The Queen’s former chaplain was jailed for 39 months yesterday for sexually assaulting on a 17-year-old girl.
Canon Dr Stephen Palmer, 68, had promised to help the teenager with her religious education exams but instead assaulted her six times after enticing her to his home while his wife was taking their two young children to school.
Portsmouth Crown Court heard that the offences took place in Stubbington, Hampshire, between 1975 and 1976 and left his victim, who is now 57, suicidal and suffering with on-going nightmares.
The MailOnline report:
Palmer, who was in the Royal Navy, was given the title of Honorary Chaplain to the Queen in 2008 and retired from the post a year later.
An Honorary Chaplain to the Queen is a member of the clergy and is appointed to minister to the monarch of the United Kingdom.
The court heard Palmer, who had denied the victim had ever been to his home, would wait for his wife to leave the house and take their two young children to school before he would assault the young girl.
The victim wrote a statement, which was read out to the court by prosecutor, Tammy Mears.
It said: ‘What happened to me all those years ago has affected me greatly. What he did to me caused me to withdraw from the church.
‘I found it hard to trust anyone from the church and have never been able to return to church.
‘You think of people involved in the church as being caring and trustworthy, but this was not my experience.
‘I feel very sad that despite my strong beliefs, I was unable to practice my beliefs.
‘Stephen Palmer was a man of the church and someone people looked up to and trusted.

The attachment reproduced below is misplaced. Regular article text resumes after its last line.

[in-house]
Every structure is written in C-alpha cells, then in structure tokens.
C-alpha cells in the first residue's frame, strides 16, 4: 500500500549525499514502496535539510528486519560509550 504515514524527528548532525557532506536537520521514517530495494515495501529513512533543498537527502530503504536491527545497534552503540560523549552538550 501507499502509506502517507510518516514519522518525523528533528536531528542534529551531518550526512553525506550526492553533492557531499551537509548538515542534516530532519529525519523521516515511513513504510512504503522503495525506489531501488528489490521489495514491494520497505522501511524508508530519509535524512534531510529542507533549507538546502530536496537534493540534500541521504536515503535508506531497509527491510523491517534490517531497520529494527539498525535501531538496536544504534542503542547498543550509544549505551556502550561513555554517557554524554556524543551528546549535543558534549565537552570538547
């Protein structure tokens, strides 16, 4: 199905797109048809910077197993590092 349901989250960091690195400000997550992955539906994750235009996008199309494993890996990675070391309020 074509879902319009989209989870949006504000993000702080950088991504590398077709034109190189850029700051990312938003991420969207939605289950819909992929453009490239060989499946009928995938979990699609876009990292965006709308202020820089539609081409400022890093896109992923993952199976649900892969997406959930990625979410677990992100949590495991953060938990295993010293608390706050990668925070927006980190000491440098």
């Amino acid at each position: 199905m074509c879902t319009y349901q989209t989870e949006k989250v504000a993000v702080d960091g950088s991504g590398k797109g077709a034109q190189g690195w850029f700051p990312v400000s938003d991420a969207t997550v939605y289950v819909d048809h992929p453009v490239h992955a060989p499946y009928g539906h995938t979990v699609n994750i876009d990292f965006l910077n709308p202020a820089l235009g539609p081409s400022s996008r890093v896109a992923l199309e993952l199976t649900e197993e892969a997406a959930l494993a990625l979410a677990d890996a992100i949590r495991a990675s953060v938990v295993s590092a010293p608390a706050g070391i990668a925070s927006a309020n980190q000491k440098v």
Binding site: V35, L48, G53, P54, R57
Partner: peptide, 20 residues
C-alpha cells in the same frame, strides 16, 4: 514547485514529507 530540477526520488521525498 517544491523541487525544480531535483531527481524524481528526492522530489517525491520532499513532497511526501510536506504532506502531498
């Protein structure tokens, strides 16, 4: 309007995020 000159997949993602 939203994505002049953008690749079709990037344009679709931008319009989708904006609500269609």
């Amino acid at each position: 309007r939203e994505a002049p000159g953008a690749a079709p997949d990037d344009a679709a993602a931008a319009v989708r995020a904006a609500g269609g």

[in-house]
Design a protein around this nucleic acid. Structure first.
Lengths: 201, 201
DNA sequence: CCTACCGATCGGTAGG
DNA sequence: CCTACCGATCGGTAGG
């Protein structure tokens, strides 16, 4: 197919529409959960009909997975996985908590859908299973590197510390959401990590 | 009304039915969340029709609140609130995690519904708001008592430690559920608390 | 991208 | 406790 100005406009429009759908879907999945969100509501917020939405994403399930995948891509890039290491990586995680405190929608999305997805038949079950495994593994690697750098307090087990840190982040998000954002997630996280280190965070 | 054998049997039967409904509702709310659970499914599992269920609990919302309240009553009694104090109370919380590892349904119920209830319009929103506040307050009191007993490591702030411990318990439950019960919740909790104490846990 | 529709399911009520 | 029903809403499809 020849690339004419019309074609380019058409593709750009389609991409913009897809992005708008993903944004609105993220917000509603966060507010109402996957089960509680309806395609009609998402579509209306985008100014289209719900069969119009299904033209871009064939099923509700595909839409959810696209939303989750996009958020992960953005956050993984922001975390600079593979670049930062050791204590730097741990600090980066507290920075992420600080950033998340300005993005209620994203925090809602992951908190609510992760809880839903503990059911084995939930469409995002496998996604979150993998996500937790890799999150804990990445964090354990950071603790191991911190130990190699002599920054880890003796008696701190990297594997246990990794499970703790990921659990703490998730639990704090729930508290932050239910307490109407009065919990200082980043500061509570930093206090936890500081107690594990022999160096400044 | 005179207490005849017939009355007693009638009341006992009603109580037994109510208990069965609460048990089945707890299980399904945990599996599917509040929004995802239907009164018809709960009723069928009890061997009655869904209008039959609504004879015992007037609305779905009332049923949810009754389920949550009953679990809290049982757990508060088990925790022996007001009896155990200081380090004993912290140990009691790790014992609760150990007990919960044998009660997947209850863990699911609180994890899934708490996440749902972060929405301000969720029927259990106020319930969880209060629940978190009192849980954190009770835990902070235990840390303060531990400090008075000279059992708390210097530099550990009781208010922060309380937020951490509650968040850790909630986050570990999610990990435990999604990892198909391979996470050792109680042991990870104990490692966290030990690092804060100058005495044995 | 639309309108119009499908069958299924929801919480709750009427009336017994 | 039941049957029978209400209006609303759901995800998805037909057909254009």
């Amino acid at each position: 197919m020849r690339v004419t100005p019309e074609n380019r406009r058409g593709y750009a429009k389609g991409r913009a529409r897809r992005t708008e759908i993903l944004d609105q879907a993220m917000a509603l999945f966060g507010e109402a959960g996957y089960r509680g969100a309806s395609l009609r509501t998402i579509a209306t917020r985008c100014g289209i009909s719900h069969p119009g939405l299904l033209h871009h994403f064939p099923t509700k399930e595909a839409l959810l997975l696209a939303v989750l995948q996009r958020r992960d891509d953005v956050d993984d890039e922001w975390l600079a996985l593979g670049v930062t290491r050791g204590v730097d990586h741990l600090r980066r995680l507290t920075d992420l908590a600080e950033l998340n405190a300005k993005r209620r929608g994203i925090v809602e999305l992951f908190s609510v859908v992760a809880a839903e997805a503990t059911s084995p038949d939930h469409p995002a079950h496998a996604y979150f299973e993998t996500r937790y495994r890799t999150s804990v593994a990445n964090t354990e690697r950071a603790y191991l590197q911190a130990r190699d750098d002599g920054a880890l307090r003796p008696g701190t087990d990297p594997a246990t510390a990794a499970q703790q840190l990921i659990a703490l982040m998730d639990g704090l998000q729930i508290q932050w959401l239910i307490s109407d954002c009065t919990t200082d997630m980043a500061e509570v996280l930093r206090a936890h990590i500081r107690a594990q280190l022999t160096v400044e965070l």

‘I couldn’t cope with what had happened. I have tried to commit suicide.
‘I have suffered from on-going nightmares over the years.’
Sentencing him to 39 months, Recorder Nigel Lickley QC said of his victim: ‘She (the victim) came forward recently because she was encouraged by other people were coming forward in other cases and people were believing them.
‘The offending took place when your wife was away and there was a degree of planning. The victim withdrew from the church and her church life was very important to her, but the trust she had was destroyed by you.
‘This case demonstrates a breach of trust. She came to you for tuition and she was abused. Young people looked to you for guidance and support.’
He was convicted of six counts of indecent assault following a five-day trial at Portsmouth Crown Court in May.
And yesterday Palmer, of Fintry, Aberdeen, was jailed for three years and three months.
He became an ordained deacon in 1974 and an ordained priest a year later in 1975.
Palmer was also a vicar in Portsdown, Hants, from 1996 to 2002 and Newport on the Isle of Wight from 2002 to 2009.
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